Some of the lucky ones — these children did have access to health care in Afghanistan. Picture courtesy of the New York Times.
A survey in Afghanistan last year found that an incredible 18% of the 800 respondents – patients at Médecins Sans Frontières (MSF) hospitals in four different parts of the country – reported that in the course of just the previous year (2013), a friend or relative had died because they could not access health care. As the MSF detailed in its report, the top reasons for lack of access were cost, distance, and insecurity.
Besides the sheer human toll and indictment of the health system (and security situation), this was shocking because it wasn’t what we were being told. And therein is an important lesson as we approach the launch of the Sustainable Development Goals, and the reasons we need good data. And it isn’t just for monitoring progress. It’s for making progress.
But first, back to Afghanistan.
The international community had a shared narrative of success in expanding access to health care in Afghanistan, from 9% in 2001/2002 to 85% by 2008, as both USAID and the World Bank (p. 18 and endnote 60) had been reporting.
This claim persisted at least until MSF’s 2014 report (it is no longer present on the World Bank webpage to which MSF cites; indeed, health care access is not listed as an indicator among the Bank’s wealth of indicators). The source of this information may have been a conflation of actually having access to health care and the proportion of districts – 85% – with a district health facility. At the time this claim was being made, Afghanistan’s acting health minister in 2010 cited a survey that put access at 60%.
This discrepancy between the reality and the official statistics takes on heightened importance this month, as world leaders convene at the United Nations to agree to the Sustainable Development Goals.
I wrote last month about how to measure access to health care. Even if we can agree on that, though, there is the question of the quality of the data. It may be confused to the point of becoming highly misleading, as with Afghanistan. It may also be quite inaccurate. Getting accurate maternal mortality data can be notoriously difficult, for example. And depending on whether one trusts householders surveys, an official country estimate, or joint WHO/UNICEF reporting, DTP3 vaccine coverage in Guinea (2012-2014, before Ebola’s effect on immunization programs) ranges from about a meager 50% to an improbable 103%.
Or consider this on poverty: At least as of last year, the poverty figure for Botswana was an extrapolation from data collected in 1993. Most data collected to monitor the Millennium Development Goals was missing, estimated, or based on models.
This brings us to the Sustainable Development Goals (SDGs). To be formally endorsed this month at the United Nations, the SDGs were effectively finalized in early August. With 17 goals and 169 targets, careful monitoring – requiring good data – is especially important to hold governments accountable. It would be all too easy for some targets to get lost in this expanse of commitments. Afghanistan reminds us why we need accurate data: According to Afghanistan’s acting health minister in 2010, when seeking health funds from the finance ministry, the response was: ““You don’t need the money, you are well off.’” And “‘[d]onors tell us ‘you are so successful. You have reached 85 percent of the population. You don’t need additional resources.’”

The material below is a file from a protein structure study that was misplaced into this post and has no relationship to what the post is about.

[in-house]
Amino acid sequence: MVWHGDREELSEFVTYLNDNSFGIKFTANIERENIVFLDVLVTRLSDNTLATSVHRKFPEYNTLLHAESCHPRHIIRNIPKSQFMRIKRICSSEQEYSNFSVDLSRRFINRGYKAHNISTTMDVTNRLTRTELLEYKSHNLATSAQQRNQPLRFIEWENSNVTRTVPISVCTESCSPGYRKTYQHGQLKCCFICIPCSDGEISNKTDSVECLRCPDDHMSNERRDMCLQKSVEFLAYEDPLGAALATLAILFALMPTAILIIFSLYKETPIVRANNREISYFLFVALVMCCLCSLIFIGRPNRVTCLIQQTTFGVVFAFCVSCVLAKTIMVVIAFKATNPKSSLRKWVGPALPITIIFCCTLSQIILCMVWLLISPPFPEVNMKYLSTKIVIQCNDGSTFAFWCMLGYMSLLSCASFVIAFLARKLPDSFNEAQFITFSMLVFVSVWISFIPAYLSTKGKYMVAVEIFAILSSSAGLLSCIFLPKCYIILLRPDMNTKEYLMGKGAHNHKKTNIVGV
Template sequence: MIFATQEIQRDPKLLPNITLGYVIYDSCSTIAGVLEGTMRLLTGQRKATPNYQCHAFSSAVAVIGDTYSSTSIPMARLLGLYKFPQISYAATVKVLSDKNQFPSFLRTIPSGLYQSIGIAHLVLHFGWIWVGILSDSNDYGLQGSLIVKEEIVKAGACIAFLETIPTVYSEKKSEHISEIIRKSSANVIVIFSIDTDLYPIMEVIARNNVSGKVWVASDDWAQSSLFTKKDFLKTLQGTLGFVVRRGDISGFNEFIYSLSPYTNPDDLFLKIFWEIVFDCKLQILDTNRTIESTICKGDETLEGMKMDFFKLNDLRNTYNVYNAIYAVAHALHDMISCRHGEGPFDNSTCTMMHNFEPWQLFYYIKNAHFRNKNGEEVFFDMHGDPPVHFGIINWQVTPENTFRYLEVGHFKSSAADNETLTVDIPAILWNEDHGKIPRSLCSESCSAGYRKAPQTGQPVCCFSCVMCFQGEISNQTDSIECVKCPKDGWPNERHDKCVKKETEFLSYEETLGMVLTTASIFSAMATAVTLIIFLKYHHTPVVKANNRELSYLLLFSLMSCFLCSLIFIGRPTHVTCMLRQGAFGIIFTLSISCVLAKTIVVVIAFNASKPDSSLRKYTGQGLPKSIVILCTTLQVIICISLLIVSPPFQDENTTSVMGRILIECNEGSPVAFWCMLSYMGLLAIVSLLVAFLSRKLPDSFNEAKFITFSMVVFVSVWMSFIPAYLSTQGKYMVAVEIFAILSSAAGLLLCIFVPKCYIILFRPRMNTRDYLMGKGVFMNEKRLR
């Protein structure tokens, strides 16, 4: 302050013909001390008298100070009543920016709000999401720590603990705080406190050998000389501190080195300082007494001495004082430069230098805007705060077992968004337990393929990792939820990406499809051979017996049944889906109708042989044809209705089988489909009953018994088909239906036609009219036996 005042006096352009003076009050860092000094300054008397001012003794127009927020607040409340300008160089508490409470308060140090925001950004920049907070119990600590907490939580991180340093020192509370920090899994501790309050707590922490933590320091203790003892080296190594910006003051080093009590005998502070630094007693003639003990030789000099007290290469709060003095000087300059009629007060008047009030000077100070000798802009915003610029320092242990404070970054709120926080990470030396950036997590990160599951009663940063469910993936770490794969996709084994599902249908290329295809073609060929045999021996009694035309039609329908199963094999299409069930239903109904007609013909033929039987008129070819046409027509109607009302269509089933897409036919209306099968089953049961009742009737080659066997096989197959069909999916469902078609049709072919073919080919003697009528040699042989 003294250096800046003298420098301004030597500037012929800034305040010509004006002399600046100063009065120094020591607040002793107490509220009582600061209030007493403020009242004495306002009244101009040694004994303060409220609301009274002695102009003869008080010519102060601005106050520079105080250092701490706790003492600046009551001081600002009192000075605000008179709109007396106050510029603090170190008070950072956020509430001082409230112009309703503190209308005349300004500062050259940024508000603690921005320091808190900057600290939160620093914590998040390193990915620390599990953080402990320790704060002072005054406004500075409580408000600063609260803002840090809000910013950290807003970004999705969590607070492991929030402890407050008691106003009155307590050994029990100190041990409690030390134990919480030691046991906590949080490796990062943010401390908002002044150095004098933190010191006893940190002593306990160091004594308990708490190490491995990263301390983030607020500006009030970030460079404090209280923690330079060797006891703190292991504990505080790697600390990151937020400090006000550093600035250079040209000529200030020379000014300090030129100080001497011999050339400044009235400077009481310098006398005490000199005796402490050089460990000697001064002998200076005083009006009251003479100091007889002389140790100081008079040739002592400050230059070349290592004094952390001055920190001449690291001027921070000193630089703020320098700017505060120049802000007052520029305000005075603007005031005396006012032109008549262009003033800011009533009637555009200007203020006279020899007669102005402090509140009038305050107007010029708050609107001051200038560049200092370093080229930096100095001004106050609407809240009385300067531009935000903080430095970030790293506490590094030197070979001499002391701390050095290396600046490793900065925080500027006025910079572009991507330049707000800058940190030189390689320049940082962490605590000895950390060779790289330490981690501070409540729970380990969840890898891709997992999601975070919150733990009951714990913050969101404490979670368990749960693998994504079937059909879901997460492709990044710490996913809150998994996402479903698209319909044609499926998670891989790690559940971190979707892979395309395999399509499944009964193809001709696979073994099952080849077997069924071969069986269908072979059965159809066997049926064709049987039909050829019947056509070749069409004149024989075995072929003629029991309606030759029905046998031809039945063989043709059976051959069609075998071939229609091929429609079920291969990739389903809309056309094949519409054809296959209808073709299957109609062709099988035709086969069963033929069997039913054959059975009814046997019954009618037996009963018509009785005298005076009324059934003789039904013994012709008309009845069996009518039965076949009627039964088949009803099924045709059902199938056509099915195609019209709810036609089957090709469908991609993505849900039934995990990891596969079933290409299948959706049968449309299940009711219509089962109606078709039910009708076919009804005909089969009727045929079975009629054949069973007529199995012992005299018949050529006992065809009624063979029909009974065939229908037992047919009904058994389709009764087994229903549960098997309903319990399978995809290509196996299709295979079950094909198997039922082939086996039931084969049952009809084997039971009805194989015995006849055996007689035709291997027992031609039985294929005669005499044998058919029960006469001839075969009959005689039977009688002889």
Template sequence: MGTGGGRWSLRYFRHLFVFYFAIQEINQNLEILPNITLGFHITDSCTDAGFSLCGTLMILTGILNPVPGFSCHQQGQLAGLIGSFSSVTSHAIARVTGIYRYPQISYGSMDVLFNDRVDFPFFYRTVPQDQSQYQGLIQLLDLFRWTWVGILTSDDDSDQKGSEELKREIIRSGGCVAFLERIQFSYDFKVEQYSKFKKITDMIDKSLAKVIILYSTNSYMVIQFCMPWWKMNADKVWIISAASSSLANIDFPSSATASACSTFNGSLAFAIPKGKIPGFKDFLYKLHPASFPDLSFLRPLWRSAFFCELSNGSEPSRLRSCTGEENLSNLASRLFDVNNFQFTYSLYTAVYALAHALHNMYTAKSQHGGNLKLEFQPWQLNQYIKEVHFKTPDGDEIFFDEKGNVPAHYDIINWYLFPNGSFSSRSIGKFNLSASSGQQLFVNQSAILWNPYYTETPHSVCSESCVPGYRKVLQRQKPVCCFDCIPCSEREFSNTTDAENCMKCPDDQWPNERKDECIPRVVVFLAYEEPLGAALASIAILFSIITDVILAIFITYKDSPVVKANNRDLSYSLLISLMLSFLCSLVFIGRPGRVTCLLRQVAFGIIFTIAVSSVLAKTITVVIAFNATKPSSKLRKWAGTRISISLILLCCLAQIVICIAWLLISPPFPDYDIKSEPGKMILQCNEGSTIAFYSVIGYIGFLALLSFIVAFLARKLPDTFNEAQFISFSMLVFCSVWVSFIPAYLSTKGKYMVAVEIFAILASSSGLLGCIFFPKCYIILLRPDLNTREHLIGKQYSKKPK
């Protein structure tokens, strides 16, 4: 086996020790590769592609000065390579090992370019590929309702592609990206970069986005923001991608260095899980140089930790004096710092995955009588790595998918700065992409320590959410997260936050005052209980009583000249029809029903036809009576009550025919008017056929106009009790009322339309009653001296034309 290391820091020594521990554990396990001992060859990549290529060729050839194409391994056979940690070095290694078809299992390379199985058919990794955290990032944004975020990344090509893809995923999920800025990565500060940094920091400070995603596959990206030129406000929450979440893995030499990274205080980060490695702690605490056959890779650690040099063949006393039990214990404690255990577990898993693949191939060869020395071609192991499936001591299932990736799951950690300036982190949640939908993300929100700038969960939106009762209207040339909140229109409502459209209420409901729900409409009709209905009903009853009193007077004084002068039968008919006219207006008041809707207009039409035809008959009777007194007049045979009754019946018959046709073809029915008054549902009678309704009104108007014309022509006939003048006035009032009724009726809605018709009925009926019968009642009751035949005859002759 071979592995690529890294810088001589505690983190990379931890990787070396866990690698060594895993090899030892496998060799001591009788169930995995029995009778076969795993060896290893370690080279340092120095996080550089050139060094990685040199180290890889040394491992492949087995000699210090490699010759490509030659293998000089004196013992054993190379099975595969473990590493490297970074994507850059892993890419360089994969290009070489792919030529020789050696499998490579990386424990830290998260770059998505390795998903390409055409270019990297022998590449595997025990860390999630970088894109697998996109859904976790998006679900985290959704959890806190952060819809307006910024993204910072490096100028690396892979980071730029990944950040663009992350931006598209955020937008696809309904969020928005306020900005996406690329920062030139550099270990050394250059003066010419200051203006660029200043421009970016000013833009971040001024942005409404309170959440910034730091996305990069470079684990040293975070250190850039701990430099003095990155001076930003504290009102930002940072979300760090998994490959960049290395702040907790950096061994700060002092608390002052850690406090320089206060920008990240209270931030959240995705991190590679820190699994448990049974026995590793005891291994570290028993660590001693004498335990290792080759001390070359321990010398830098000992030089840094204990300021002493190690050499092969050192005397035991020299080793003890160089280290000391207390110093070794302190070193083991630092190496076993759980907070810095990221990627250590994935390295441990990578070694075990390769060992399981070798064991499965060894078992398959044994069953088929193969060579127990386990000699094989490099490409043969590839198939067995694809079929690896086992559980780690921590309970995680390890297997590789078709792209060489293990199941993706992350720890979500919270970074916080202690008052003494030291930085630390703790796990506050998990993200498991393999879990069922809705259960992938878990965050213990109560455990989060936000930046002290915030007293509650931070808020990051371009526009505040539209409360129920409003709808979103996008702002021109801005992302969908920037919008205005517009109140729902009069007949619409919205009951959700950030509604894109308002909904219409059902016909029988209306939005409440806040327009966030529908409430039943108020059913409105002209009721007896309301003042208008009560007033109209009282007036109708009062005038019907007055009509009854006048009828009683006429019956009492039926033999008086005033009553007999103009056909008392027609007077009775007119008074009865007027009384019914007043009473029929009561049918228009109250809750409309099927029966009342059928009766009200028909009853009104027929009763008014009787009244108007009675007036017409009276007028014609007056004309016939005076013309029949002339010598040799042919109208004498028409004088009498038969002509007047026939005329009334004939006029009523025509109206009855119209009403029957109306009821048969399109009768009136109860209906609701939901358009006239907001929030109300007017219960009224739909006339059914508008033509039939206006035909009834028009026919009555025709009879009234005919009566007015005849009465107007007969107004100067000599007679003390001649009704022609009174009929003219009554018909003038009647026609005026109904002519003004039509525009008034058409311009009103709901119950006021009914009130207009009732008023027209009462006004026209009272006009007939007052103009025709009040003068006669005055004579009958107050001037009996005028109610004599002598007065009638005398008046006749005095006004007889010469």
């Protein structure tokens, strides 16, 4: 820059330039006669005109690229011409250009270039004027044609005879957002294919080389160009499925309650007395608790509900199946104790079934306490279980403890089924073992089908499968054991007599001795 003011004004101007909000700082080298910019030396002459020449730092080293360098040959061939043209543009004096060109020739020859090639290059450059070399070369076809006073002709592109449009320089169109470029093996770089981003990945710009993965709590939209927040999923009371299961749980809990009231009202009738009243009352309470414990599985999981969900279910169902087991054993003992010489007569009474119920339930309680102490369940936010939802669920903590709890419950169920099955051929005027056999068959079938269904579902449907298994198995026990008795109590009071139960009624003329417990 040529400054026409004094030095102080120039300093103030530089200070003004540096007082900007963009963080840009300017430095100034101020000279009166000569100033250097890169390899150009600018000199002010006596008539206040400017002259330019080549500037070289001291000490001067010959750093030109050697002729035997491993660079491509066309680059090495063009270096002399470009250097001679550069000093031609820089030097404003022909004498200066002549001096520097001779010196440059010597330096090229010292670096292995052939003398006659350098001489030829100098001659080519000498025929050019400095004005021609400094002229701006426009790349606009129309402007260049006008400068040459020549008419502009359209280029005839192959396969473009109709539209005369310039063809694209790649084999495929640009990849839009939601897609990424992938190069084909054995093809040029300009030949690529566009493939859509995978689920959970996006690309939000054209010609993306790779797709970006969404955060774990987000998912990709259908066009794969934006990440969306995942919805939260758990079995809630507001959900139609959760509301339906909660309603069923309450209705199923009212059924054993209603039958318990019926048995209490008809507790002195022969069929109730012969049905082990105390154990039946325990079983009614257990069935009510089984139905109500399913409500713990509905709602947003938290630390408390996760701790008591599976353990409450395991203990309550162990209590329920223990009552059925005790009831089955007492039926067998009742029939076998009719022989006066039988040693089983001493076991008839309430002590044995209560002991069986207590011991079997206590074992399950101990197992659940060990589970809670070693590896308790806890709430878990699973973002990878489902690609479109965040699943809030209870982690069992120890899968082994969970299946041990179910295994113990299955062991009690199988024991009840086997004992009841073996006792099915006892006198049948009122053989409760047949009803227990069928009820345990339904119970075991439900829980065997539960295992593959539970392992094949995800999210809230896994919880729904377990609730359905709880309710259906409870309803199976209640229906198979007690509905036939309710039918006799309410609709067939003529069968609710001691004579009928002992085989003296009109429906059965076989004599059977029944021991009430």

The Afghanistan case highlights the life-and-death consequences of accurate information, with the effect of information on funding decisions. But more routinely, accurate information is vital for another reason: accountability.
Over the past years, we heard a lot about monitoring the Millennium Development Goals, with prominent, annual UN reports. I expect we’ll hear the same in the years ahead regarding monitoring the SDGs, and measuring progress. The SDG declaration will promises monitoring processes aimed at improving progress towards these goals and targets. I hope, though, that we hear about another sort of monitoring: monitoring accountability processes for the SDGs.
It is one thing to see the data, another to act on it. Accountability processes from a human rights perspective mean not merely explaining progress (or lack thereof), but changing what shouldn’t be. It begins with accurate information on progress, but extends to analysis of any failures in progress, adjusting strategies and investments to respond to those identified obstacles, and acting anew, with improved approaches and investments. And repeating this cycle regularly. All requiring good data, actionable data, granular data that tells a full and true a story as possible.
Monitoring and evaluation — M&E — is important. But M&E&A – monitoring and evaluation and accountable action – is what is really important. That link between data and action is where data can actually transform people’s lives. The action that must be part of the M&E process is the foundation for accountability to the SDG commitments.
So here’s to investments in accurate, timely, disaggregated data. And to annual UN reports — and the other SDG review processes, such as the High-level Political Forum on Sustainable Development — on monitoring not only progress towards the SDGs, but also directly monitoring the robustness of the accountability processes for the SDGs — to going beyond routine M&E, to routine M&E&A.
The views reflected in this expert column are those of the individual authors and do not necessarily represent those of the O’Neill Institute for National and Global Health Law or Georgetown University. This blog is solely informational in nature, and not intended as a substitute for competent legal advice from a licensed and retained attorney in your state or country.